byte mac[6];
  Serial.print("MAC address: ");
void printCurrentNet() {
  // print SSID of the network:
  Serial.print("SSID: ");
  // print MAC address of the router:
  byte bssid[6];
  Serial.print("BSSID: ");
  // print received signal strength:
  long rssi = WiFi.RSSI();
  Serial.print("Signal strength (RSSI):");
  // print encryption type:
  byte encryption = WiFi.encryptionType();
  Serial.print("Encryption Type:");
  Serial.println(encryption, HEX);
void printMacAddress(byte mac[]) {
  for (int i = 5; i >= 0; i--) {
    if (mac[i] < 16) {
    Serial.print(mac[i], HEX);
    if (i > 0) {



Preparing the PCB

MSP430FR2433 Breakout

For the first test a modified version of the KiCad designed MSP430FR2433 breakout PCB described here and shown above was used.  I originally had problems soldering the VQFN package by hand but was eventually successful with the hot air gun.  One of the flaws in the PCB design was there were no vias in the copper pad in the center of the package.  For this latest version nine vias were added to the center which connect to the ground plane on the back side.  A cartoon mouse with a thought LED going off was also added because, well just because.  KiCad does not do a designs rule check if graphics are printed on the copper layer so be careful with that....  In this case everything works fine.


The pads were cleaned with alcohol first.  Solder paste was applied with a toothpick since I did not get a stencil made.  Unfortunately there is no photo, but it was a pretty ugly job.  I was careful not to get too much paste on the ground pad of the MSP430 but it is necessary to add paste there in order to get good heat transfer and for mechanical strength.  The PCBs were made by OSH Park and there is solder resist between VQFN package pins and ground - some board houses, including the inexpensive one I typically use in China, will not meet the specification required for solder resist this tight unless additional money is paid.


Using the Reflow Oven

The procedure for using the oven and the user interface are simple.  To start the reflow, give power to the MKR WiFi1010 and turn the toaster oven to about 30 deg. F   300 deg. F (the controls on my oven are in Fahrenheit.  You will have to experiment with your particular oven - temperature control on mine was not that accurate - another approach is to turn the oven all the way on and then manually off before it hits the desired temperature).  The green LED will flicker every 5 seconds as a message is sent to The primary use of the LEDs is to indicate which phase the reflow oven is in as shown in the table below:


LED statusPhaseOven Control
Green flickers, Yellow on, Red offPreheat / Soak300 deg. F
Green flickers, Yellow on, Red onReflowTurn all the way up but don't exceed 245 deg. C - watch for reflow
Green flicker, Yellow off, Red offCoolTurn it off and open the door





Reflow Temperature Profile

Anotated Test Results

Above is the dashboard from the very first attempt to use the reflow oven with some added annotation.

  • Blue line is the target reflow profile
  • Green line is actual reflow
  • Red lines were added and are the temperature limits for the reflow stage
  • White lines were added and is the time it was in the reflow stage


The soak temperature is not critical and both time and temperature are acceptable.  With the exception of one 5 second interval near the beginning of the reflow where temperature dropped a tiny bit below the desired level it is OK.  The length of time is longer than the profile in the firmware (as I was not watching closely) but within the datasheet specification.  Given that it is a bit longer, the temperature anomaly mentioned is also OK.  All in all, not bad with opportunity to improve with experience.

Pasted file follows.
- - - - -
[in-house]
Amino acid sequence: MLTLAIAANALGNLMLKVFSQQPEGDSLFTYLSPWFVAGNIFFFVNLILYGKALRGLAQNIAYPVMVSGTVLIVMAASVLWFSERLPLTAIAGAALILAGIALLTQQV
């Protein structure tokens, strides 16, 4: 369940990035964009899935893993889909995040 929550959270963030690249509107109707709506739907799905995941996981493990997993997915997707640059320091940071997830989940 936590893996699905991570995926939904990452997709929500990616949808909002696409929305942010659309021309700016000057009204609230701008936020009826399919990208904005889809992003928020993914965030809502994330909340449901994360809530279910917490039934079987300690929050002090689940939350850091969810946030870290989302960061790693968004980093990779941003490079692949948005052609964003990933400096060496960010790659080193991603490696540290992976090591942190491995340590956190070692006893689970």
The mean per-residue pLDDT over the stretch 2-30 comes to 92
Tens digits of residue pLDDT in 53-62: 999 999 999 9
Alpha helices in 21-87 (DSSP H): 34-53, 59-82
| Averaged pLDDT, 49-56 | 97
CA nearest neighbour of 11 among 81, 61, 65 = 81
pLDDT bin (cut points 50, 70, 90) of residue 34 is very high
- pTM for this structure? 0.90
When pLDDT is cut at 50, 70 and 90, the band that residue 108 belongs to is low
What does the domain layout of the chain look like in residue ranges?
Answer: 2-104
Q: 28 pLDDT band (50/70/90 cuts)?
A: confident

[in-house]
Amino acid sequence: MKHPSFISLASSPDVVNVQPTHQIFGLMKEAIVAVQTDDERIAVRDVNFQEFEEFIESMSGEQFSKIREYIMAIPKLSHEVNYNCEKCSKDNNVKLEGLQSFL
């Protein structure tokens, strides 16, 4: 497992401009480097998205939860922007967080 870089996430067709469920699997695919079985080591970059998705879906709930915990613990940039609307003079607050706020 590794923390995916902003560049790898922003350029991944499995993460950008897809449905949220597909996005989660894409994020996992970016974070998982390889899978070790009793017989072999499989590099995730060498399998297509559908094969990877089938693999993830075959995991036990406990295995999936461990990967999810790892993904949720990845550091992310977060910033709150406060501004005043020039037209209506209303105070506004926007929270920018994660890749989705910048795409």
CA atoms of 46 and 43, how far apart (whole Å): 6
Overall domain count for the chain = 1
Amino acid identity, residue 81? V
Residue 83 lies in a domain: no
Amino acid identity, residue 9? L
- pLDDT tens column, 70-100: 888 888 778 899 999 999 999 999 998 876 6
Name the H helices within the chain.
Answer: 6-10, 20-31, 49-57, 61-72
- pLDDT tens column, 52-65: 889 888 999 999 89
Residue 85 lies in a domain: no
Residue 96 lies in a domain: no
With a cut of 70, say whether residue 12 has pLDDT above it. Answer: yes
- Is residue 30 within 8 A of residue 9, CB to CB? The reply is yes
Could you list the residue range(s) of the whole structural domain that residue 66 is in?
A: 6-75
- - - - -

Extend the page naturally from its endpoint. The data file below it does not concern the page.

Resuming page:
Completed MSP430FR2433 Breakout PCB


Whoops, got a bit too much solder on some of those pads but not bad for the first attempt without a stencil.  I did have to remove a short bridge on one side of the VQFN but it cleaned very easily in one pass.  But does it work?  First time!  Below is a video recap and the new board blinking hello world:


I am pleased with the way this turned out and it was relatively quick and easy.  Regarding improvements, adding a buzzer when reflow zones change would be good.   I have some experience with process control and could add PID control using a relay.  But given the small number of SMD PCBs I solder it probably would not be worth the effort.


Thanks to Element14 for providing the Arduino MKR WiFi1010 and the Arduino Day activities.  As usual comments and suggestions are appreciated.


8 May 2019 Updates



Element14 (Thanks Tariq!) has provided me with an Arduino MKR THERM SHIELD which is an upgrade over the thermocouple amplifier I was previously using and is an easy replacement.  In the photo below the old board is shown upper left and the shield installed on the MKR WiFi 1010 below it.  The existing thermocouple plugs easily into it.Arduino MKR THERM SHIELD in use on IOT Reflow Oven

Modifying the code is also easy.  Include the new library:

#include <Arduino_MKRTHERM.h>


Start the shield up in setup():

  if (!THERM.begin()) {
    Serial.println("Failed to initialize MKR THERM shield!");
    while (1);


Replace the calls to thermocouple.readCelsius() with calls to THERM.readTemperature(), e.g.

   // feed2["value"] = thermocouple.readCelsius();
   feed2["value"] = THERM.readTemperature();


The code works the same as before.



I had hoped to use the MKR RGB SHIELD to display temperature and other information but unfortunately there is a conflict between that shield and the MKR THERM SHIELD - The temperature reads 0.00 when the RGB shield is being used :-(.  I did not have time to dig into this but to be honest the IOT display on my tablet is more useful so it is not a required addition.


Nonetheless, the RGB SHIELD is easy and fun to use and I expect to use it on other projects.  Here is a demonstration of fixed and scrolling text based on the example in the Arduino library.


Edits and Corrections

23 March 2019:  Corrected typo in section on Using the Reflow Oven and added clarification.